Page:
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Immigrant earnings in the Italian labour market

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Author Info

  • Antonio Accetturo

    ()
    (Bank of Italy, Milan Branch)

  • Luigi Infante

    ()
    (Bank of Italy, Economic and Financial Statistics Department)

Abstract

The aim of this paper is to assess the relationship between individual skills and labour market performance of immigrants residing in Lombardy during the period 2001-2005. We use a recent dataset collected by the NGO ISMU, which includes information on individual characteristics and the legal status of each immigrant. Our results show that returns on schooling are positive and range from 0.8 per cent to 0.9 per cent, a figure that is much lower than the one estimated for native Italians. This result is robust to a number of specifications and tests. In particular, it is not influenced by the legal status of the alien or by a possible self-selection in the labour supply. Moreover, although more talented immigrants tend to self-select in the Lombardy region compared with the other Italian regions, their return on schooling remains low compared with natives. We also show that a certain heterogeneity exists across educational levels and countries of origin: immigrants from Eastern Europe are better able to exploit their human capital, especially when they hold a university degree, while the school-wage profile of Latin Americans and Asians is basically flat. Finally, there is some evidence of a cohort effect in migration, but this tends to impact on the return on experience rather than on the return on schooling.

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Bibliographic Info

Paper provided by Bank of Italy, Economic Research and International Relations Area in its series Temi di discussione (Economic working papers) with number 695.

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Date of creation: Dec 2008
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Handle: RePEc:bdi:wptemi:td_695_08

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Keywords: Immigration; return on schooling; return on experience;

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Cited by:
  1. Strom, Steinar & Venturini, Alessandra & Villosio, Claudia, 2013. "Wage Assimilation: Migrants versus Natives and Foreign Migrants versus Internal Migrants," Department of Economics and Statistics Cognetti de Martiis. Working Papers 201341, University of Turin.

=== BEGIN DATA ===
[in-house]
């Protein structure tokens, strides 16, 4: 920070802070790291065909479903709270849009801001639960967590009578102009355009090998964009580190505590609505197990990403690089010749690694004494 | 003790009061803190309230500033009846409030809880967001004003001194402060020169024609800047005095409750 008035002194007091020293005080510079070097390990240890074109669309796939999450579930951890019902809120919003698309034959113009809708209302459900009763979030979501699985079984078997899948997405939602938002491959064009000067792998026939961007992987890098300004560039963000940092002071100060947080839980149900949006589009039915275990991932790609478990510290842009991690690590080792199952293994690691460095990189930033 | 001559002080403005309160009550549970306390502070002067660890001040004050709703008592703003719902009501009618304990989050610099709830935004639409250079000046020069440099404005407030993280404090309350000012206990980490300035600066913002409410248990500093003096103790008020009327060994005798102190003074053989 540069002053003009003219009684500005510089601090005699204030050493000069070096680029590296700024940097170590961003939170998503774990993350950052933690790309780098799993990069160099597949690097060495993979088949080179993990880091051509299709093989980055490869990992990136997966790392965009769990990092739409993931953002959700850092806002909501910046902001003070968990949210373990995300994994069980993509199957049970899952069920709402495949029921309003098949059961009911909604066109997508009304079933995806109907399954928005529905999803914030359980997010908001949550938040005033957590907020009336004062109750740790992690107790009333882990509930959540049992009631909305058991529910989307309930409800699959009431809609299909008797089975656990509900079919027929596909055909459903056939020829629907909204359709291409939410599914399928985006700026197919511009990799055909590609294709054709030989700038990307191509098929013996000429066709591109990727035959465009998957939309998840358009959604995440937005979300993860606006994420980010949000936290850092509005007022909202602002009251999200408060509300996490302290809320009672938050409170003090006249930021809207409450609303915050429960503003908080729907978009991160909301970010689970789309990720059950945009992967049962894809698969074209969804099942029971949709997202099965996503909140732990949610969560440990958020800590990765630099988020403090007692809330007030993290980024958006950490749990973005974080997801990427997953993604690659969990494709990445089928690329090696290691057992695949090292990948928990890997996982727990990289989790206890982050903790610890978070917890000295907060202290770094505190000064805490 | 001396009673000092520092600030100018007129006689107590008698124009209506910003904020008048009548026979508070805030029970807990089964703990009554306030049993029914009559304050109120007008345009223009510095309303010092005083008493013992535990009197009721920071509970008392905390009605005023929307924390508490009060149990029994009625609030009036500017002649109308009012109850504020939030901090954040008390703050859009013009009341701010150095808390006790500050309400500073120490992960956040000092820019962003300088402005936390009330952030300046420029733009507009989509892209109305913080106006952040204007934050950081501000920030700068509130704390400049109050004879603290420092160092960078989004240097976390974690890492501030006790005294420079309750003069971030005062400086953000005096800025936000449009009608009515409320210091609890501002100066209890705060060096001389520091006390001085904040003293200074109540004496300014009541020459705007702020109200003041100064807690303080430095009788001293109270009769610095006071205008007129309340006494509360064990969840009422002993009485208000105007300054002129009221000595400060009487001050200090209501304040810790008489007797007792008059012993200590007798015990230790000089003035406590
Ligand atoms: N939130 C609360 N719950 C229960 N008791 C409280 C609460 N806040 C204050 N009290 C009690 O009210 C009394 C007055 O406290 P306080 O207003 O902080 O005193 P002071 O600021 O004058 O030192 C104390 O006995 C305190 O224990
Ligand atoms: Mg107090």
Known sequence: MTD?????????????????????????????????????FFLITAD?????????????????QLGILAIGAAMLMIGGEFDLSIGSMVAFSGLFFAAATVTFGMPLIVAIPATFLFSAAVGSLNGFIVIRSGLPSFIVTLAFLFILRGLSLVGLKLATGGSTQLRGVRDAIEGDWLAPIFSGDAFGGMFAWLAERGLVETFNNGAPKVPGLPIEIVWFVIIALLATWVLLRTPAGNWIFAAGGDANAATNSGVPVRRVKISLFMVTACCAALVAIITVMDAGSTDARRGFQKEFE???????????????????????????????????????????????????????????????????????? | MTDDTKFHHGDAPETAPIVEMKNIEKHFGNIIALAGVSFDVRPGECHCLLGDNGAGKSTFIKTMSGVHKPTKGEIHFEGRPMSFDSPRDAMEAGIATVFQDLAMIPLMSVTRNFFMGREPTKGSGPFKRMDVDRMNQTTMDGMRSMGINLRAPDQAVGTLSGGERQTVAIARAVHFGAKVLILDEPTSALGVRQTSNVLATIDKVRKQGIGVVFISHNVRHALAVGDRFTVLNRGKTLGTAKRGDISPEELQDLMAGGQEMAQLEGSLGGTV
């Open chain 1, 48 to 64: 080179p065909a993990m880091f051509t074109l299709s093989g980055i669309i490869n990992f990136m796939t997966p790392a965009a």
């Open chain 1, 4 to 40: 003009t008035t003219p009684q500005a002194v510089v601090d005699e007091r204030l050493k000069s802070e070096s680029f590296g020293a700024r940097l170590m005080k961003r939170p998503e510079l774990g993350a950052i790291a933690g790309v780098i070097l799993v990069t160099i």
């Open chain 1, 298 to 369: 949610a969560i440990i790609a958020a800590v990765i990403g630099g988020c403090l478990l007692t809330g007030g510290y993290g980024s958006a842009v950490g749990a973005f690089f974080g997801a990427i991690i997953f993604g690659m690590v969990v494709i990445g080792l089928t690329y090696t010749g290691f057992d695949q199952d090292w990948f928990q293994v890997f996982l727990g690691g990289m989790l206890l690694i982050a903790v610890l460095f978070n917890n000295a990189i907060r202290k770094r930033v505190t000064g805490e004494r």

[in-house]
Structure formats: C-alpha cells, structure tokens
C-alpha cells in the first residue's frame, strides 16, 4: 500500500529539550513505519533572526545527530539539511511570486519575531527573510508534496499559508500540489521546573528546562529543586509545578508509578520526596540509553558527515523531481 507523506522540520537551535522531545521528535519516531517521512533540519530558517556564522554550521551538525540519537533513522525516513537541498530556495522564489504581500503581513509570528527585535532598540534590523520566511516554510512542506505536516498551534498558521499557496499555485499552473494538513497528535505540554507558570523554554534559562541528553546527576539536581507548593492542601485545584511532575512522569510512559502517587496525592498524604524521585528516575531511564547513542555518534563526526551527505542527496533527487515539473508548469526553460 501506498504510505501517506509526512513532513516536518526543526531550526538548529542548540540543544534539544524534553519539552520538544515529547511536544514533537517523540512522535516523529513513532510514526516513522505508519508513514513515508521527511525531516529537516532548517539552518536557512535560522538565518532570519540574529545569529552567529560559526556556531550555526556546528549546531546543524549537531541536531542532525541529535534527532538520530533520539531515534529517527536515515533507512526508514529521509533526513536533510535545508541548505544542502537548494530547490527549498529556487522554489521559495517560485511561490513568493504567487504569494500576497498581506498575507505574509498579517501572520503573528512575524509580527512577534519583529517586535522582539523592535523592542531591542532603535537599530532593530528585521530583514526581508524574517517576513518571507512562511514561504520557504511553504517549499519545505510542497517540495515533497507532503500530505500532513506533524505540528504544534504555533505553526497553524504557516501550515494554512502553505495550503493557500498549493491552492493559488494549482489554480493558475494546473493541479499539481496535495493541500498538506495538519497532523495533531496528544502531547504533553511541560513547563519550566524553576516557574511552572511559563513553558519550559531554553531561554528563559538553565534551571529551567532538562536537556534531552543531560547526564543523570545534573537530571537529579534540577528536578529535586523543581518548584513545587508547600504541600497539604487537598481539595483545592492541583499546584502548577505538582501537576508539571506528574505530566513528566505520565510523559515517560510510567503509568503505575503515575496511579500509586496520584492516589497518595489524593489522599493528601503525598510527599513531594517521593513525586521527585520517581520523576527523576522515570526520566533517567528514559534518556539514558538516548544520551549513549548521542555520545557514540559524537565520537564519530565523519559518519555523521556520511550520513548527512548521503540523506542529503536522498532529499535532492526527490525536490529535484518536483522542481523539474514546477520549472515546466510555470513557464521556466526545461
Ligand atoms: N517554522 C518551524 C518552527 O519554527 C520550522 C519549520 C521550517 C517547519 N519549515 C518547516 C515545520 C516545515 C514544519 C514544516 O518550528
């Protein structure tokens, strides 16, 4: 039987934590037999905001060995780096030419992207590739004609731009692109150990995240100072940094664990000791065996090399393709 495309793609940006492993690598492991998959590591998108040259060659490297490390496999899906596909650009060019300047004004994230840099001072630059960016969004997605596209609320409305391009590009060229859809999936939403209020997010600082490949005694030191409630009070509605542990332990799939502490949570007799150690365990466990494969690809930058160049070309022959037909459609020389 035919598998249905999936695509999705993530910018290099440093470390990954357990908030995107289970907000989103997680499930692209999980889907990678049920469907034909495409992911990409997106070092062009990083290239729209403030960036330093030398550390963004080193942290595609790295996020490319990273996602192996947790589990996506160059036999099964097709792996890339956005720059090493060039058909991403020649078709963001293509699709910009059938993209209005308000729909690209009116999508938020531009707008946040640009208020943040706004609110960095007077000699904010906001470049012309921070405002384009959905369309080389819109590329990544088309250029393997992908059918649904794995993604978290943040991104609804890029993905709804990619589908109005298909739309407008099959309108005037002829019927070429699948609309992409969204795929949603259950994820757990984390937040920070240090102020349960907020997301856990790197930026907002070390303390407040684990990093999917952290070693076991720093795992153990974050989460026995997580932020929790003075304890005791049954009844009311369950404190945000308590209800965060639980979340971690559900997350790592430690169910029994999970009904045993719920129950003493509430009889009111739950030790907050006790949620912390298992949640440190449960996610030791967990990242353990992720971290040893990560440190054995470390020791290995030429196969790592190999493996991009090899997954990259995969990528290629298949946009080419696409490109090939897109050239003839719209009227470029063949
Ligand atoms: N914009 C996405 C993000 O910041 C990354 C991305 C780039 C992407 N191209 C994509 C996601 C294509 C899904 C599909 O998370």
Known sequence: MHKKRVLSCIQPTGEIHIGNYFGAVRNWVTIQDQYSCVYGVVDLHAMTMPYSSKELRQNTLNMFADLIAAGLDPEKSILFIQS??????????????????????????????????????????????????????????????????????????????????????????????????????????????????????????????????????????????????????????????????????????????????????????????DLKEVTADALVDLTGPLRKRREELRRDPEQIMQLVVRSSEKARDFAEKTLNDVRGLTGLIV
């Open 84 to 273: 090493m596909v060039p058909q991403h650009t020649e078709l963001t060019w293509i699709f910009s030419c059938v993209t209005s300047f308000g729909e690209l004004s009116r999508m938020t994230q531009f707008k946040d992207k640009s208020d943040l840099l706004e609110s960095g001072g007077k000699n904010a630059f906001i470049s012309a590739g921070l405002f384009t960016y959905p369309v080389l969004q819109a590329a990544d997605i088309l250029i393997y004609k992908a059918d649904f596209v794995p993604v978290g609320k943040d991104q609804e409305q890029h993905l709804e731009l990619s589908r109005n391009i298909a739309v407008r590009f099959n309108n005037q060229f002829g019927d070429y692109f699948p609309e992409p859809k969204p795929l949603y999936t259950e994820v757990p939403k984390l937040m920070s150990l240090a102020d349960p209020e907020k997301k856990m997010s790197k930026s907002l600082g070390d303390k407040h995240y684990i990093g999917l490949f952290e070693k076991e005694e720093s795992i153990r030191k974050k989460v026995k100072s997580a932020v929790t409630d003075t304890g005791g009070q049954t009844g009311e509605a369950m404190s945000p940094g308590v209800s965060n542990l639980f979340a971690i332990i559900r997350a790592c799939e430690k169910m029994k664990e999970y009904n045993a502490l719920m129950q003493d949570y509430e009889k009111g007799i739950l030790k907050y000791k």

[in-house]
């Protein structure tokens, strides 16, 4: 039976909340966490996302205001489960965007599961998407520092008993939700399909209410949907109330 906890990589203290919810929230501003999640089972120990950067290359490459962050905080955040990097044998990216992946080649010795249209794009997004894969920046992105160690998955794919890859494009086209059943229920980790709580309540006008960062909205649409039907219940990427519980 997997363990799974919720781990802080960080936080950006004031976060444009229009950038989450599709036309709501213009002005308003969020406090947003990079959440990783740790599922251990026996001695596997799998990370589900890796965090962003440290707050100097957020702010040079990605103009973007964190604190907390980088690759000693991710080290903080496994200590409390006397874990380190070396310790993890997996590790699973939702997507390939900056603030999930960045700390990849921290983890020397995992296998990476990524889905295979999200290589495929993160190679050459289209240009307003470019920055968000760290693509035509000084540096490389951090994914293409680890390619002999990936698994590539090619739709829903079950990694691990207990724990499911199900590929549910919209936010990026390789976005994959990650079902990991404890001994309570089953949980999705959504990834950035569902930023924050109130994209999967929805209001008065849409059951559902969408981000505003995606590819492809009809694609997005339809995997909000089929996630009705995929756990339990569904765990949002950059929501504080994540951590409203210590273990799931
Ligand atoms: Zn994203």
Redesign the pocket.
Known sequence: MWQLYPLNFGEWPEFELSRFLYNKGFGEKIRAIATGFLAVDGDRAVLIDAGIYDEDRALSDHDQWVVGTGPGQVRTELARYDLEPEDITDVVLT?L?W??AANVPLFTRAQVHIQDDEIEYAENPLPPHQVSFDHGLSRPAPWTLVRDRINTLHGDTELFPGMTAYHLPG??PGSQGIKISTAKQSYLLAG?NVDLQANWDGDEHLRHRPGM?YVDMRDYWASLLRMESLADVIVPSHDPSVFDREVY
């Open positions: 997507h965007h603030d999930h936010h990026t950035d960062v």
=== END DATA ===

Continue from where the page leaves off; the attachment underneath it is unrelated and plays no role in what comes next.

2. Matteo Gomellini & Cormac O' Grada, 2011. "Outward and Inward Migrations in Italy: A Historical Perspective," Quaderni di storia economica (Economic History Working Papers) 08, Bank of Italy, Economic Research and International Relations Area.
  3. Esteban Sanromà & Raúl Ramos & Hipólito Simón, 2009. "Immigrant wages in the Spanish labour market: does the origin of human capital matter?," Working Papers 2009/8, Institut d'Economia de Barcelona (IEB).
  4. Giovanni Mastrobuoni & Paolo Pinotti, 2014. "The Ups and Downs in Women's Employment: Shifting Composition or Behavior from 1970 to 2010?," Upjohn Working Papers and Journal Articles 14-212, W.E. Upjohn Institute for Employment Research.
  5. Dell'Aringa, Carlo & Lucifora, Claudio & Pagani, Laura, 2012. "A "Glass-Ceiling" Effect for Immigrants in the Italian Labour Market?," IZA Discussion Papers 6555, Institute for the Study of Labor (IZA).
  6. Antonio Accetturo & Luigi Infante, 2013. "Skills or culture? An analysis of the decision to work by immigrant women in Italy," IZA Journal of Migration, Springer, vol. 2(1), pages 1-21, December.
  7. Giovanni Mastrobuoni & Paolo Pinotti, 2011. "Migration Restrictions and Criminal Behavior: Evidence from a Natural Experiment," Carlo Alberto Notebooks 208, Collegio Carlo Alberto.
  8. Giovanni Mastrobuoni & Paolo Pinotti, 2011. "Legal status of immigrants and criminal behavior: evidence from a natural experiment," Temi di discussione (Economic working papers) 813, Bank of Italy, Economic Research and International Relations Area.
  9. Giovanni Mastrobuoni & Paolo Pinotti, 2012. "Legal status and the criminal activity of immigrants," Working Papers 052, "Carlo F. Dondena" Centre for Research on Social Dynamics (DONDENA), Università Commerciale Luigi Bocconi.

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